Research suggests new tool for cancer treatment based on cell type
A new tumor model has been shown to predict how certain types of cancer cells react differently to a commonly used chemotherapy drug, a potential tool for "precision medicine," in which drug treatment is tailored to individual patients and certain cancer types.
Drug resistance and various subtypes of tumors represent critical bottlenecks for effective chemotherapy.
"This means rapid and accurate screening of effective drugs and drug combinations can be extremely useful to realize precision medicine for cancer therapy," said Bumsoo Han, a Purdue University professor of mechanical and biomedical engineering, in a press release.
Recent research findings demonstrate that a new tumor-modeling platform called a tumor-microenvironment-on-chip (T-MOC) can be used to visualize and quantify how different types of cancer cells react differently to the chemotherapy drug doxorubicin. The drug sometimes failed during testing to kill cancer cells yet stopped their growth.
"So, there are differences in the response to the drug based on cancer type," Han said. "Our platform makes it possible to assess the efficacy of chemotherapeutic drugs according to cell-type; for example, which cells actually died from this drug, which cells didn't die but stopped actively growing, or even which cells survived the drug."
Based on experimental data, the researchers developed a theoretical model to quantify and ultimately predict the effectiveness of drugs depending on the type of cancer cell being treated.
The findings were detailed in a paper published in the July issue of Molecular Pharmaceutics. The paper was authored by graduate student Kyeonggon Shin, undergraduate Brett Klosterhoff and Han.
Researchers performed experiments using the T-MOC platform that could help usher in precision medicine, in which drug treatment is tailored to specific patients and certain cell types.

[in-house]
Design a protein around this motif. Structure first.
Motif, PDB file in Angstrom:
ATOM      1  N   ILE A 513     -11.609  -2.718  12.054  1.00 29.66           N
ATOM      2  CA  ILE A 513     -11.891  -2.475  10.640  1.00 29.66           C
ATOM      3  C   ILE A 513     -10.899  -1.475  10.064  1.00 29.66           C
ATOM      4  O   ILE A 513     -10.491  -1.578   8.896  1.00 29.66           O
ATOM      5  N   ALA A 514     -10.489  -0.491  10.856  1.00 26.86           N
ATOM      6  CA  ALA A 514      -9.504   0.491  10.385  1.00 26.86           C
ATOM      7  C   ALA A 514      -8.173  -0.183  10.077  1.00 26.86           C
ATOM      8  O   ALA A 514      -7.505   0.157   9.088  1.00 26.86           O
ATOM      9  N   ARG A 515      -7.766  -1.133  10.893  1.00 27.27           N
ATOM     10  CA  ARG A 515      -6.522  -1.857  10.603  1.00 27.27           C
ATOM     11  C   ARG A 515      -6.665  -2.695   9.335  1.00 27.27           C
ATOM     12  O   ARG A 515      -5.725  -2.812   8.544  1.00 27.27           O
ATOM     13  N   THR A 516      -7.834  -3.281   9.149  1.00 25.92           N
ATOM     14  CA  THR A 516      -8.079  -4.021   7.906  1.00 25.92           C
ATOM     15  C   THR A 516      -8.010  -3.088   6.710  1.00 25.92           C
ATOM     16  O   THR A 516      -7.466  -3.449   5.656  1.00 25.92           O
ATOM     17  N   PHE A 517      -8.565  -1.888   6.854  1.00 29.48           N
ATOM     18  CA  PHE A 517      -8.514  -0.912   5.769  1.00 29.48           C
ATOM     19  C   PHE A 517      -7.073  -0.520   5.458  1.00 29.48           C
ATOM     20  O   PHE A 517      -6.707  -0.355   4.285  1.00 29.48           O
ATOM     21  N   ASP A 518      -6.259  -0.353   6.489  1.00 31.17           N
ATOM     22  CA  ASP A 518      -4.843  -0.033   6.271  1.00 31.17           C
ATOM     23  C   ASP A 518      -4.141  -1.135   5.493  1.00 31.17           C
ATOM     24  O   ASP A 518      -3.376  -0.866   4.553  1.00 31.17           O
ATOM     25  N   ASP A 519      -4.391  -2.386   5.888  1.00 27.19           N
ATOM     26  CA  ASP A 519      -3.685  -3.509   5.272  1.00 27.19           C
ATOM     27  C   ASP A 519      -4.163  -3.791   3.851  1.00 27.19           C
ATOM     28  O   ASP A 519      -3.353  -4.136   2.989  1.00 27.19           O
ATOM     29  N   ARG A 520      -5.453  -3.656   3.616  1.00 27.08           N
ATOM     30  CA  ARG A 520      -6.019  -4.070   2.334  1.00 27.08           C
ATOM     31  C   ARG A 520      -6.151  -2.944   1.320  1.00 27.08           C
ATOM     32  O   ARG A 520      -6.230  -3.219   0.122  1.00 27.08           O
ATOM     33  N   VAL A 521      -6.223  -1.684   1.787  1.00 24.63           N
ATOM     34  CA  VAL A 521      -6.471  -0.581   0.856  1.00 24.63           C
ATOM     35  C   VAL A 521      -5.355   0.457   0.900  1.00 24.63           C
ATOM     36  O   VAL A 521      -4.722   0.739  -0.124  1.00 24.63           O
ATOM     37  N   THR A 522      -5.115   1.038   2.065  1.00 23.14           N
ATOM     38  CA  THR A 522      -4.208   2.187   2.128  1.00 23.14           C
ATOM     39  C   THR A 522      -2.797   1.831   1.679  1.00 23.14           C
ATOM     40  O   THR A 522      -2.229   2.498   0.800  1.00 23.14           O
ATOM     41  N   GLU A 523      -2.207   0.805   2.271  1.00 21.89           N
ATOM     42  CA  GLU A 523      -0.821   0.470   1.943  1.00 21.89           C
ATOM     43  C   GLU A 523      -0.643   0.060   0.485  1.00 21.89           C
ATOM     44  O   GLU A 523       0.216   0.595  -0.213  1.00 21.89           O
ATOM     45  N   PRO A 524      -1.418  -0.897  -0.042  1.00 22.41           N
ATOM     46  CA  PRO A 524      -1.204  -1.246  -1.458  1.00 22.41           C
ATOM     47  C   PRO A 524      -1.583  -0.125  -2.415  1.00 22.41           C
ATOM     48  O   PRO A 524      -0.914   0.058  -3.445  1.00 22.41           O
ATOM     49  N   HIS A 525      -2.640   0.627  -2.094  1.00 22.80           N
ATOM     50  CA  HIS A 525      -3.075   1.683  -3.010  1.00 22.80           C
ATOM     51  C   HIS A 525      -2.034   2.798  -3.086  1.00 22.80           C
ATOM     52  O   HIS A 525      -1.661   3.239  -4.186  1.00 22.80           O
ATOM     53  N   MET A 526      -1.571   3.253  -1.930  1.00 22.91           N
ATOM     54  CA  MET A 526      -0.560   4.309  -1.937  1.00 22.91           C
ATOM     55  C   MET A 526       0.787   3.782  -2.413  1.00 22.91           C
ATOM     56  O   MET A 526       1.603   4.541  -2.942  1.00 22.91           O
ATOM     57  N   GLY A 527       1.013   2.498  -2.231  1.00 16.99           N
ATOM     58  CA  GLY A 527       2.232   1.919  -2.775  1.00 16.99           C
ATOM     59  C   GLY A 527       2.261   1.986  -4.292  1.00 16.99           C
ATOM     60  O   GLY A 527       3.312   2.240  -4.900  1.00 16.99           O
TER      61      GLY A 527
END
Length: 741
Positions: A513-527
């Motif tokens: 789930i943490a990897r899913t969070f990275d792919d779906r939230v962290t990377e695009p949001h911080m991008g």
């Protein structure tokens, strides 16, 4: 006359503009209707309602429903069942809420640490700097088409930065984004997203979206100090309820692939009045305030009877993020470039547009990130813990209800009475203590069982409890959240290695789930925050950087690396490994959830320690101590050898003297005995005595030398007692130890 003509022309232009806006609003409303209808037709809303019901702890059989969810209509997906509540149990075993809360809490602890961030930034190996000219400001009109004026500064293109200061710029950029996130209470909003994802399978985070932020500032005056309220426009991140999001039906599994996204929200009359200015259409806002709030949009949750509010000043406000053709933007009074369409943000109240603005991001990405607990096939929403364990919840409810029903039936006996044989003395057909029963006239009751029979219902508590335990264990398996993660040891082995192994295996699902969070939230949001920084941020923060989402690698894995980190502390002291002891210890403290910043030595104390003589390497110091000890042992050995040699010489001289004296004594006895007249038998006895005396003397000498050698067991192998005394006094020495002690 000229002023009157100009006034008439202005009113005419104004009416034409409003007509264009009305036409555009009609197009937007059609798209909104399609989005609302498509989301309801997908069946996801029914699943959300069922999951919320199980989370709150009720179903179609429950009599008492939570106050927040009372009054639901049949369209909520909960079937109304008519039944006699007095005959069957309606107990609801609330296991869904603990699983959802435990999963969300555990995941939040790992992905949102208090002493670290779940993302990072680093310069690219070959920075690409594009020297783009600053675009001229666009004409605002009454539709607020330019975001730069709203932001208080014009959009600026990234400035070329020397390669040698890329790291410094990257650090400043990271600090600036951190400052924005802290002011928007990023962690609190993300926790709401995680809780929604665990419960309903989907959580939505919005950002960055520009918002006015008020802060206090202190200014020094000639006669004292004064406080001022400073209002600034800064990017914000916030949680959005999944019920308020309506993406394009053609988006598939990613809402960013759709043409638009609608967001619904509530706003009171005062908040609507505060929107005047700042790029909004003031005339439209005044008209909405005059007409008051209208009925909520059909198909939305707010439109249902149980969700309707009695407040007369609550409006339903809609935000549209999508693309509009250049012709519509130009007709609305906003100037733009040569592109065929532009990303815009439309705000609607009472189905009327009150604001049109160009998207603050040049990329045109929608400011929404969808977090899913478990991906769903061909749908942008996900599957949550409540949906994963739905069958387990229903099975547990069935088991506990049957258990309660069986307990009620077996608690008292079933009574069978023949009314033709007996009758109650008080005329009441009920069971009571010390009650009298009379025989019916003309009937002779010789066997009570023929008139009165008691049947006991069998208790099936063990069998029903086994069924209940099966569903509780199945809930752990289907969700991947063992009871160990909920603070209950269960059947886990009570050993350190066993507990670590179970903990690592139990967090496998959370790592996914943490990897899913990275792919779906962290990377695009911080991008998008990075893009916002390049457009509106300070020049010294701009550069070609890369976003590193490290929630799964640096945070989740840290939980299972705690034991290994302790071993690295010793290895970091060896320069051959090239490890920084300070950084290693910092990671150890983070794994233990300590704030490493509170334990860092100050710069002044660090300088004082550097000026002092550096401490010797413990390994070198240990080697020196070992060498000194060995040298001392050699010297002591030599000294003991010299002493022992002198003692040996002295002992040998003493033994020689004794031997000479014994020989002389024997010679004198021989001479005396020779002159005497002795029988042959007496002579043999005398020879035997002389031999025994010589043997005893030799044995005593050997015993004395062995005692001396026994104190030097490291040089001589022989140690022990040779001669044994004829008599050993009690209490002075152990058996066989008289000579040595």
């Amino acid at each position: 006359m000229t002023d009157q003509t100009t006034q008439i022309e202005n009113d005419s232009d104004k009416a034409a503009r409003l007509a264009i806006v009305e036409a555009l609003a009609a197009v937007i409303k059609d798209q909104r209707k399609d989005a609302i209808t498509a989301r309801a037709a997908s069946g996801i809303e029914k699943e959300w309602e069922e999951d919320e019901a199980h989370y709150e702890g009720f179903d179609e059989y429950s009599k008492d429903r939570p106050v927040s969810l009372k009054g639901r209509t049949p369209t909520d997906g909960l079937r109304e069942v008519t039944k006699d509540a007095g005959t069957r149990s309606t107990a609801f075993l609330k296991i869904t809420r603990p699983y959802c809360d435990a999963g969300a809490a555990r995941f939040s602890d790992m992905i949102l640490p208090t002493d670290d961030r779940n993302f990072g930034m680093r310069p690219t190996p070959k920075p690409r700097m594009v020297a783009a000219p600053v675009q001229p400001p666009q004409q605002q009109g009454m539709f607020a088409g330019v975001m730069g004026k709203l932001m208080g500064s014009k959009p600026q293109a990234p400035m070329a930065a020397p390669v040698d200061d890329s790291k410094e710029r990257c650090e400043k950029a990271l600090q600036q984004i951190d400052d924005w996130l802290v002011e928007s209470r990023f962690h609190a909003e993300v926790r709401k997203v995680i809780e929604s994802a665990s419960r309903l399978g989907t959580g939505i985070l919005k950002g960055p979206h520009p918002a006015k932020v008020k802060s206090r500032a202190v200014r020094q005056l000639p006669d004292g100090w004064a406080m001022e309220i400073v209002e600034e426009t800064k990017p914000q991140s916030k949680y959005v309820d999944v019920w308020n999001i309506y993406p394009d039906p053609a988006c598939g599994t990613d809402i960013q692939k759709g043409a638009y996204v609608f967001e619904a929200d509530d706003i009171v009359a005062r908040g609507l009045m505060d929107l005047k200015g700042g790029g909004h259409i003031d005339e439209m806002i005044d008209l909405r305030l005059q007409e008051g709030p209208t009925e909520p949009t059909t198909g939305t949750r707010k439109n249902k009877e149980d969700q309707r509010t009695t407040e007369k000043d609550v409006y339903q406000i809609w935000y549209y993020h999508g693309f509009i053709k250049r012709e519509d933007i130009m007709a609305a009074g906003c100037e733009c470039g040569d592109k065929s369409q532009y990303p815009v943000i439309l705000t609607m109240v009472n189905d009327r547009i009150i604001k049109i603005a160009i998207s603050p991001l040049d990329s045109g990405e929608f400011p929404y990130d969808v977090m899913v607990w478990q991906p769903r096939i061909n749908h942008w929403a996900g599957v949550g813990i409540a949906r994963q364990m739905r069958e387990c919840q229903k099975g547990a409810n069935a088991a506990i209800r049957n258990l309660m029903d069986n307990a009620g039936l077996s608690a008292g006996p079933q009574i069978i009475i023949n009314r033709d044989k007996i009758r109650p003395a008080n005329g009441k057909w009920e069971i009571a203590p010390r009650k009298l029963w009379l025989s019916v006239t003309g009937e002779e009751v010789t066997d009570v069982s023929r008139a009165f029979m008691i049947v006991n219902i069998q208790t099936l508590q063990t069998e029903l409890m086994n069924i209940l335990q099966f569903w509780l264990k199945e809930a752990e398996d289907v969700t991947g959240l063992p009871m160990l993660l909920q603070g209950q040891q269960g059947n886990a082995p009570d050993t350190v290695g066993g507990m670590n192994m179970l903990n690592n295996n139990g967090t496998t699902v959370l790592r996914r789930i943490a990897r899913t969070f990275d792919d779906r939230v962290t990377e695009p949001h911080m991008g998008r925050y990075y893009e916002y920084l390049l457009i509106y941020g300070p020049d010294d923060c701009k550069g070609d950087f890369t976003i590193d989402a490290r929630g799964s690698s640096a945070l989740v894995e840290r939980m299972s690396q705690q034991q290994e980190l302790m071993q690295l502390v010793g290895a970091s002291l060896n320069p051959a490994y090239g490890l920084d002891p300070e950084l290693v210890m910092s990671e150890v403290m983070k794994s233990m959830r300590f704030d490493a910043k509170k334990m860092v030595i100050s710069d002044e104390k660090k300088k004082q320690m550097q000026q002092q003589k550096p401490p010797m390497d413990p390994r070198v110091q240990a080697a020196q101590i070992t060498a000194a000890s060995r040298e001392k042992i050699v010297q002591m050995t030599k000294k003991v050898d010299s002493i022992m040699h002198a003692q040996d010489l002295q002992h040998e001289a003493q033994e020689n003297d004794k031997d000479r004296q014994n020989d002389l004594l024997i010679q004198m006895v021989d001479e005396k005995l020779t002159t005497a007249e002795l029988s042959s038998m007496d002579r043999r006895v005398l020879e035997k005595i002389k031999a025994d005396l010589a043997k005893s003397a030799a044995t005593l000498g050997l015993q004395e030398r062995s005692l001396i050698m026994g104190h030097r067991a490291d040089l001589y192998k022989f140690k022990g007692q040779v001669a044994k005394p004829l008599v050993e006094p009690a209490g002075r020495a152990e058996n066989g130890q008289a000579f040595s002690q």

"We are providing a new tool, a new platform to test drugs and drug delivery systems for precision medicine," Han said.
The device is about 4.5 centimeters (1.8 inches) square and contains "microfluidic" channels where cancer cells were cultured within a three-dimensional "extracellular matrix," a scaffold-like material found between cells in living tissue. The experiments also incorporated "interstitial ﬂuid," which is found inside tumors and is thought to be a barrier to drug delivery.
Three types of human breast cancer cell lines were cultured on the T-MOC platform, and their drug response and resistance to doxorubicin were characterized by time-lapse ﬂuorescence microscopy.
"Particularly in breast cancer, there are different subgroups of cancers," Han said. "Depending on the subgroup, the drug response is different. So, to study the efficacy of a drug and its nanoparticle formulation, we examined how the drug and nanoparticles were transported through the interstitial space and uptaken by different types of cancer cells."
"Even within triple negative there are additional subtypes, so this is not one single disease," Han said. "The targeting drugs only work with certain types of cells."
The findings also showed some cell types take up drugs more rapidly than others.
"You can see that, depending on the cell type, the response to the same drug is different and the drug uptake is different," he said.
Future research will involve comparing and validating research results with data from laboratory animal tests and incorporating a more complex mixture of tumor stromal components in the T-MOC experiments. Ultimately, in precision medicine, a patient's tumor cells might be studied using a T-MOC system to determine the proper drug and dosage to use before beginning treatment, Han said.